Driver Wellbeing | How To Keep Fit and Healthy On The Road
February 15, 2017
As a private hire driver, it’s very important to make sure you keep yourself in good condition. From eating well, to driving with the correct posture, these can have a significant impact on your long-term health. That’s why the team here at Otto Car has come up with some quick helpful tips for some long terms gains!
Driver fatigue is one of the biggest health and safety concerns within the road transport sector. The Highway Code recommends taking a break (of at least 15 minutes) every two hours. Two hours needs to be the maximum period of time without a break from driving. Following these guidelines will help reduce fatigue and driver mistakes.
Whilst you’re on the road, you may be working long shifts and eating well might be not readily available. It’s very important to eat well, as not only does diet affect your health, it can also affect your performance whilst driving. The easier option may be to snack at a fast food outlet for something quick and filling, but long term this isn’t a healthy solution.
Consider bringing a home-prepared meal or drinks along with you while you work. Bring a cool bag with a couple of ice packs. This method can not only save you money, but it also means you have more control over what you are eating, and can ensure that you’re getting lots of nutrients instead of consuming an excess of salt and saturated fats that are found in fast food.
For snacking, almonds and bananas will tick you over, giving you energy and various long term health benefits. It’s also worthwhile to stick a few bottles of water in the cool bag. Remember to stay hydrated, as being being dehydrated can negatively affect brain function and lead to mistakes being made on the road.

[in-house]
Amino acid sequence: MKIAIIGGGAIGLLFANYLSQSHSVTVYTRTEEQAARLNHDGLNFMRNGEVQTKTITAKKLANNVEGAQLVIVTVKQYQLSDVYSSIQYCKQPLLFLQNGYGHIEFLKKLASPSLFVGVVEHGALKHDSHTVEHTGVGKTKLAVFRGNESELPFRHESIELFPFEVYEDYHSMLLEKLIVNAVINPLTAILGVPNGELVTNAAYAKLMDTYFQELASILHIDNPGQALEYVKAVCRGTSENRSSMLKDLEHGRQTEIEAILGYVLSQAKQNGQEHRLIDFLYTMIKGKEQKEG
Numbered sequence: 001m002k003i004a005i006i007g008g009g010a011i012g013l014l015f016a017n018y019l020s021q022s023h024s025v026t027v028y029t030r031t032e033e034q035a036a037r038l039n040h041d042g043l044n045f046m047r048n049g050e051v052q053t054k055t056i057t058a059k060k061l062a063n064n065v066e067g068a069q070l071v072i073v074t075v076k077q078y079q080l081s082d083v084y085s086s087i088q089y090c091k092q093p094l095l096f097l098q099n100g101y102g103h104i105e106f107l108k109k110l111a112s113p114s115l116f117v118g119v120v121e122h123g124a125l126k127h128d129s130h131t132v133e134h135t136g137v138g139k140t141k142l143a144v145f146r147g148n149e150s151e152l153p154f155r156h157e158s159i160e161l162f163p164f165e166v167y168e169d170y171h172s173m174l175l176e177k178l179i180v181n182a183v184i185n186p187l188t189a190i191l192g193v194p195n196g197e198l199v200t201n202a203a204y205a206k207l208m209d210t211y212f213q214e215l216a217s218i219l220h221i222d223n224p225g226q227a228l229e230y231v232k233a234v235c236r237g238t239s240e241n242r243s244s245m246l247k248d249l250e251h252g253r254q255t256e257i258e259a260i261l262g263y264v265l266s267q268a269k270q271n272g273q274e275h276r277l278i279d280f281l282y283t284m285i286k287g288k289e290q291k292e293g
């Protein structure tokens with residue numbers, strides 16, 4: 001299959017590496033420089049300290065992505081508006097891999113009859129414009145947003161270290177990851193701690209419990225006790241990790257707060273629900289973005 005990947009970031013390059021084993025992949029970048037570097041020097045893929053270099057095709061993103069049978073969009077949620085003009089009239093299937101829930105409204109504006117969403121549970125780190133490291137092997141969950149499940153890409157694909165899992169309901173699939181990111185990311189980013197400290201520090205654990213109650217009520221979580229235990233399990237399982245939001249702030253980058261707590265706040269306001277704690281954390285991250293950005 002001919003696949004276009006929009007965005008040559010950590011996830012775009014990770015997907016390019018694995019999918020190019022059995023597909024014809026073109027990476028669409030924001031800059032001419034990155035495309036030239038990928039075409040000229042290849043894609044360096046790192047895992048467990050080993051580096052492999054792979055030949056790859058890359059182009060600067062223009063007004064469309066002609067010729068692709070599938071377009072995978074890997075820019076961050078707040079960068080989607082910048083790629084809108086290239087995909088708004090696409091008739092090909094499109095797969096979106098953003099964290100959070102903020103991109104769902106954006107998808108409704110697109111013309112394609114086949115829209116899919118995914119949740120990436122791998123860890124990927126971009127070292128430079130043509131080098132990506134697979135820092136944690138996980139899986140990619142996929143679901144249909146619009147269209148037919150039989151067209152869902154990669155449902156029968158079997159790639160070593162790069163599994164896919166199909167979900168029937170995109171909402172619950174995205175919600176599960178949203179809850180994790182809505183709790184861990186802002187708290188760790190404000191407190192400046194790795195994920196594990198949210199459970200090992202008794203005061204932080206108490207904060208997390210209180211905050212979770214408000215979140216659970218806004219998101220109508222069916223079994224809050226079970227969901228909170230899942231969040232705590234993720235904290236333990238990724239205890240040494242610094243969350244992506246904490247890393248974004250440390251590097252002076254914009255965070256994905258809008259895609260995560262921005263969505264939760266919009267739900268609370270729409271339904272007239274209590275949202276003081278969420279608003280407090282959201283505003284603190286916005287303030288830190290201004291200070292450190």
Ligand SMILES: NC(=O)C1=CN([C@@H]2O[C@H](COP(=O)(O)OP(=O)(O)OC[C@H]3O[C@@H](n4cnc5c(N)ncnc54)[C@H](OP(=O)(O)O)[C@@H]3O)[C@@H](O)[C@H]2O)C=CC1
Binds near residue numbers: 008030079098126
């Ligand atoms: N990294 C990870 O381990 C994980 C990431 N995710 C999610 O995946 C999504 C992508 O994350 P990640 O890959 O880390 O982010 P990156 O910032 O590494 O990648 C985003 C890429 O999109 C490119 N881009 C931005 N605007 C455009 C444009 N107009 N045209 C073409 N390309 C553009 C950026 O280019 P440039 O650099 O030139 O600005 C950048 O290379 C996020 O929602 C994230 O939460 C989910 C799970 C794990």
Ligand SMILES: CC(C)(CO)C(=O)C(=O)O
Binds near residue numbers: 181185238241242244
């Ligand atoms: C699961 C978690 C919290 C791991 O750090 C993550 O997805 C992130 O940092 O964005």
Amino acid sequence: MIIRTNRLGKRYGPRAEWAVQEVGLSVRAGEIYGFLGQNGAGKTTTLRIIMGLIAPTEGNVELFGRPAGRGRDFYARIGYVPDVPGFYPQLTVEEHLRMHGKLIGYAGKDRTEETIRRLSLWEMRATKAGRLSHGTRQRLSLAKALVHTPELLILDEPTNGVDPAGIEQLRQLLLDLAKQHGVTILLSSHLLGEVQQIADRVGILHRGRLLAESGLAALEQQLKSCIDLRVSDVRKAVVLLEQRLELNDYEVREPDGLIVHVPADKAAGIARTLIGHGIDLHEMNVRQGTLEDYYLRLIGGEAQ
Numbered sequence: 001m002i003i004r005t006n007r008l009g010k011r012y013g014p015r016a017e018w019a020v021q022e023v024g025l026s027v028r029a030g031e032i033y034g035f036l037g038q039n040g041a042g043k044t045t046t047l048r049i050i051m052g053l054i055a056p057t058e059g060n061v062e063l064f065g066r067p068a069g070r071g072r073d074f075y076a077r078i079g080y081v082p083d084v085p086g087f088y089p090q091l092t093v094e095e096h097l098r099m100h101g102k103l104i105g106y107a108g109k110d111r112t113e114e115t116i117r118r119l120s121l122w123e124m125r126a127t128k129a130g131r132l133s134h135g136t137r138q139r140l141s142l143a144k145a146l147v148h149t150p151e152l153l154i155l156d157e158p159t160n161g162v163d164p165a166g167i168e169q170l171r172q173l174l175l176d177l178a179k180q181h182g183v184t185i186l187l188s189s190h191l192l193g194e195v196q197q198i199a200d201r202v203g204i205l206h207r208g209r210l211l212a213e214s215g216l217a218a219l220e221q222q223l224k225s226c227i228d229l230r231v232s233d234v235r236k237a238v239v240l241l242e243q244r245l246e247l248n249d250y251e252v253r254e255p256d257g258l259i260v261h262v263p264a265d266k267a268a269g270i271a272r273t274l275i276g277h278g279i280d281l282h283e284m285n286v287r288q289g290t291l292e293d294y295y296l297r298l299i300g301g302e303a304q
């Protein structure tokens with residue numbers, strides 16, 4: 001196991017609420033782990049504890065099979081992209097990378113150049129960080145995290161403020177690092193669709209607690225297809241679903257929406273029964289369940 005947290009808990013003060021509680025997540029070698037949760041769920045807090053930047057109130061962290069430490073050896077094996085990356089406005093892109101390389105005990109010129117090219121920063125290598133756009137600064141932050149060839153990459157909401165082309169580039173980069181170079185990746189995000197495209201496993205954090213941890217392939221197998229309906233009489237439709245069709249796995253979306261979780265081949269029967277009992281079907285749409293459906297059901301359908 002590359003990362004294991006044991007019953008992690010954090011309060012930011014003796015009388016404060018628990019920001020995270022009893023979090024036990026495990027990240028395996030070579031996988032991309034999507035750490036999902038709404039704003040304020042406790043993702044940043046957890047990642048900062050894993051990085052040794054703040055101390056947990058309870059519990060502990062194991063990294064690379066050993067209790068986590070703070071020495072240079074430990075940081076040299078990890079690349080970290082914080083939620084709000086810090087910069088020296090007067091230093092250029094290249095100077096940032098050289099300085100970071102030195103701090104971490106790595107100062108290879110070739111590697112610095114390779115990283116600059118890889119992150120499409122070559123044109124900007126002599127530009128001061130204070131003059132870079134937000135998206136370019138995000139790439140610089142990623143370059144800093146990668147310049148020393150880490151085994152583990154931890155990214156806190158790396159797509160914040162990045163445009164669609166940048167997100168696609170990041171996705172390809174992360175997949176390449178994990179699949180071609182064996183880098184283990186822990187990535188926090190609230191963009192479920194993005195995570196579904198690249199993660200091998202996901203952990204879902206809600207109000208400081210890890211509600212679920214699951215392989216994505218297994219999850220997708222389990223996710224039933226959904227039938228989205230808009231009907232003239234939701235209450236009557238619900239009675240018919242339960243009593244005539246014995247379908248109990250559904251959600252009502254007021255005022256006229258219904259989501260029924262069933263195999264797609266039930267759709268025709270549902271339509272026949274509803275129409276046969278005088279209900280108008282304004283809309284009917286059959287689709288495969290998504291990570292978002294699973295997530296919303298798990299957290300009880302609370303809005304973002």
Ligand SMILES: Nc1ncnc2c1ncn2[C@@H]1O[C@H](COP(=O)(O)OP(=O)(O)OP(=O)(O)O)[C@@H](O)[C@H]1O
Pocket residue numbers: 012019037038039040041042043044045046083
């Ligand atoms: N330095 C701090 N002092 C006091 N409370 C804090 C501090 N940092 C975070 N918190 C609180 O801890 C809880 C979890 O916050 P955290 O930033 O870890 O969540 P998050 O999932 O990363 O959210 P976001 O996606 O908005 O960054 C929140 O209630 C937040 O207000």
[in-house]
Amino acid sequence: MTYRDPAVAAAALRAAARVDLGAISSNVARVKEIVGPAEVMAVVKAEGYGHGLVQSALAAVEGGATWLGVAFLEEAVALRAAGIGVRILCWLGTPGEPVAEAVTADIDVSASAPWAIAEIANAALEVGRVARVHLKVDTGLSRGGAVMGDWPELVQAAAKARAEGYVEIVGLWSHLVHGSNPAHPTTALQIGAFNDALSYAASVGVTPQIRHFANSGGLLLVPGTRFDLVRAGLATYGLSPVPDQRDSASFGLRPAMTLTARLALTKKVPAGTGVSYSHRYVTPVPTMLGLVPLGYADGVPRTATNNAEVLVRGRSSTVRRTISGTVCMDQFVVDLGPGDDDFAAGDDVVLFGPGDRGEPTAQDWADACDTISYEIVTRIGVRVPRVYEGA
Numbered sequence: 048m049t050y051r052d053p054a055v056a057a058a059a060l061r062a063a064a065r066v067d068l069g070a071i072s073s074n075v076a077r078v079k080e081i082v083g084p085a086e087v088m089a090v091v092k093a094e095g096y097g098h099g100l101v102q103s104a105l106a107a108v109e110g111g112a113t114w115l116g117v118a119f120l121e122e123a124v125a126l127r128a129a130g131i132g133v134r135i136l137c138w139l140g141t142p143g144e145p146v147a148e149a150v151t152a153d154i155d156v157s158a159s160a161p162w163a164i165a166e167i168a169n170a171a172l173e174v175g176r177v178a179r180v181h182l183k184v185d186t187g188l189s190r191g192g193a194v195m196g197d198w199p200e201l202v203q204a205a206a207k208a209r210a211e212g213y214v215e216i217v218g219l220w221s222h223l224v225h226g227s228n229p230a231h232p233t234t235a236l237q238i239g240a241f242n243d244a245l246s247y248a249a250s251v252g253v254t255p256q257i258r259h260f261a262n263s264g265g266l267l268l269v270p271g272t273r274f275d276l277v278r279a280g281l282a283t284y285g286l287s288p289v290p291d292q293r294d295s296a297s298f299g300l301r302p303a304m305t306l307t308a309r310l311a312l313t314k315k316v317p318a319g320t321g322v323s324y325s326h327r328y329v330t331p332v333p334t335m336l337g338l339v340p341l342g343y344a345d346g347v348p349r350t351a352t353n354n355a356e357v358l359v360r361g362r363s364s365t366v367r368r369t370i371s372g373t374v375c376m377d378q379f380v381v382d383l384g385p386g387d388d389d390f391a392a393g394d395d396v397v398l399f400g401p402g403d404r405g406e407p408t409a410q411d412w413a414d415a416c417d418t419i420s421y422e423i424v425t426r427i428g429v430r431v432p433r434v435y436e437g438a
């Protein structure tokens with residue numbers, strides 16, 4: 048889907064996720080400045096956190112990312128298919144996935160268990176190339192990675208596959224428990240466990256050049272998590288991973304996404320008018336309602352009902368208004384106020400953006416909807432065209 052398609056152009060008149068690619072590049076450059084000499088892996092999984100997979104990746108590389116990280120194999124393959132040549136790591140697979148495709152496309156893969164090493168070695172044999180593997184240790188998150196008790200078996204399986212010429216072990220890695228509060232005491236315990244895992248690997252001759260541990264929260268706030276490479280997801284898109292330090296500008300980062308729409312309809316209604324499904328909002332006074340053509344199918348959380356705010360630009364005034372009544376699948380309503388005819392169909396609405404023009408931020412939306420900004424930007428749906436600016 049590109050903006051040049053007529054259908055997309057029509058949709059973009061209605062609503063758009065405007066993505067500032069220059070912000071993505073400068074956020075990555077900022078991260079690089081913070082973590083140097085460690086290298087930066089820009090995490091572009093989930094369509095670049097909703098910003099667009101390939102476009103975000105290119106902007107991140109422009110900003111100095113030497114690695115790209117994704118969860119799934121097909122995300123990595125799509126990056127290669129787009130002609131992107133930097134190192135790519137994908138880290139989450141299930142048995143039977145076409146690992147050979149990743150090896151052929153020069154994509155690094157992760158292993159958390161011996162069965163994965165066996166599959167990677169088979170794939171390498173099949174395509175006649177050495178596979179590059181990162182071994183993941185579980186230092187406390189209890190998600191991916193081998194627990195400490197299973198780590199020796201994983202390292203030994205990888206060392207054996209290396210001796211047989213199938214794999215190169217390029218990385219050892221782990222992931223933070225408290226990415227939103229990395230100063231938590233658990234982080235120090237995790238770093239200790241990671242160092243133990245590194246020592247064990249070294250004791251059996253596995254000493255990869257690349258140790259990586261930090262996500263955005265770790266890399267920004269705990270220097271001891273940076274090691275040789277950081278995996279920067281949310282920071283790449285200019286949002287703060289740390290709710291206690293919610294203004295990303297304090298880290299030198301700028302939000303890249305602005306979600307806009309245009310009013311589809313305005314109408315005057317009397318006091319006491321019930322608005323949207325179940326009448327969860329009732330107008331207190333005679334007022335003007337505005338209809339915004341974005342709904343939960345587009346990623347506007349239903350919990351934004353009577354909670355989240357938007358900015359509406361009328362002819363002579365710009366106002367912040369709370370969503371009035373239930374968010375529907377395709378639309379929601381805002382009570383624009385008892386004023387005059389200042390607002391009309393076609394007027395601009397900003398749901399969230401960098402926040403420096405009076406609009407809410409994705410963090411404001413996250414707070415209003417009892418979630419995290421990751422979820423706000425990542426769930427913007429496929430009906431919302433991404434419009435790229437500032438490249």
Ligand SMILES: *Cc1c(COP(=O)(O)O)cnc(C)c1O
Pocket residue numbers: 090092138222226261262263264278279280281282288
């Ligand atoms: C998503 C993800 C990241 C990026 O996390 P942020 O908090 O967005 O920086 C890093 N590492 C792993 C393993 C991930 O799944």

Driver Comfort – with thanks to ErgonimicSimplified.com
Driving (especially for long hours) creates significant stress to the neck and the upper and lower back. Please follow these simple steps to improve your posture whilst driving.
- Start by pushing your seat all the way back, place it as low to the floor as possible, and recline it back 30-40 degrees.
- Next, bring the seat height up until you can comfortably see the road and instruments and your hips are as high as your knees. If you are too low try adding a cushion or wedge to the seat. This can also decrease vibration from the road which has been shown to contribute to injury. Be sure it does not make you too high so that you have to bend your head down or to the side.
- Move the seat forward so you can reach and completely depress all the foot pedals without coming away from the seat back.
- Bring the back forward until you are reclined at a 100-110 degree angle. This decreases the pressure on the discs in your low back. Adjust your headrest so it rests in the middle of your head. Adjust the lumbar support so you have even back support. This should be supportive and comfortable. A lumbar cushion can be added if your car lacks sufficient lumbar support.
- Tilt seat cushion until it evenly supports your entire thigh without pressure in particular areas and does not hit the back of your knees. If it presses unevenly you can restrict circulation and cause discomfort in the legs.
- Adjust the seat belt to fit you instead of adjusting the seat to accommodate the seat belt position.
- Bring the steering wheel down and toward you to minimise reach and stress on your body. The less your elbows reach forward and up the less the strain on your neck and upper back.
- Now adjust the mirrors. If you start to slouch down or get in a bad position the mirrors will feel as they need to be adjusted and remind you to sit back up.
- Adjust as necessary to make sure your in the perfect seating position.
Instead of holding close to the top of the wheel at the 10 and 2 o’clock positions lower them to 9 and 3 o’clock or lower. You should feel the shoulders muscles relax some when you do this.
If you have any other helpful tips, we would love to hear from you! Simply write your comment below.